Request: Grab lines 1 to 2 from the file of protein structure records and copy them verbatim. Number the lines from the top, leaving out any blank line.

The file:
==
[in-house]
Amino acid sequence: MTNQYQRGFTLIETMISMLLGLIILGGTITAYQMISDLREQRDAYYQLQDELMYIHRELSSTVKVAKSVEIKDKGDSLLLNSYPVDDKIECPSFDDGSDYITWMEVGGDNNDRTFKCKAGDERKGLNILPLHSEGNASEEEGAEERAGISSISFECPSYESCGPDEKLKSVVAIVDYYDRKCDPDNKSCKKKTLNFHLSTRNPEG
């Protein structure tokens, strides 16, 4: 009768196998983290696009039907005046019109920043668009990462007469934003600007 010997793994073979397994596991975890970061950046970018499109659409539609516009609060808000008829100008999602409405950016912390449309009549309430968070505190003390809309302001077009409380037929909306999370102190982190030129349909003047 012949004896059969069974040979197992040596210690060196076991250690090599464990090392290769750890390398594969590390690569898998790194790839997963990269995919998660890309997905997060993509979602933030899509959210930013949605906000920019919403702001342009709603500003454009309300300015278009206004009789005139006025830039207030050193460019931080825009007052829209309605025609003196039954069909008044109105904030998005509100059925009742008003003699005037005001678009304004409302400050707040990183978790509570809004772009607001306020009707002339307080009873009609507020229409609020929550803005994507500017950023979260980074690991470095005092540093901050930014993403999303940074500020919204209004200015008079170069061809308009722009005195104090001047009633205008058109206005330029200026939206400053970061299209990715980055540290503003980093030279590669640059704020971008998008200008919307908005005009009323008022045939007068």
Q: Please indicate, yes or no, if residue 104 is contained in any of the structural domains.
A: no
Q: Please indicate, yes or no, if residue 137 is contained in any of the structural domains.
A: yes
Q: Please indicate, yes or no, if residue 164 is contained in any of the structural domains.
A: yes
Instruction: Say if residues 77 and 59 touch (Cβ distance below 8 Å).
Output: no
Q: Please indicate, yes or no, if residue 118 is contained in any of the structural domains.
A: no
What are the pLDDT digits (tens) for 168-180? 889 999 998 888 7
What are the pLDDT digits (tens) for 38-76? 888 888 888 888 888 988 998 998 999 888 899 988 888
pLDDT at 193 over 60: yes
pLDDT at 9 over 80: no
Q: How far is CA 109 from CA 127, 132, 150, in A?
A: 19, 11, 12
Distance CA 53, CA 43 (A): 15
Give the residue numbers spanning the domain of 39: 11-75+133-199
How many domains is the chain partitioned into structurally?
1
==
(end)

[in-house]
Amino acid sequence: MTNQYQRGFTLIETMISMLLGLIILGGTITAYQMISDLREQRDAYYQLQDELMYIHRELSSTVKVAKSVEIKDKGDSLLLNSYPVDDKIECPSFDDGSDYITWMEVGGDNNDRTFKCKAGDERKGLNILPLHSEGNASEEEGAEERAGISSISFECPSYESCGPDEKLKSVVAIVDYYDRKCDPDNKSCKKKTLNFHLSTRNPEG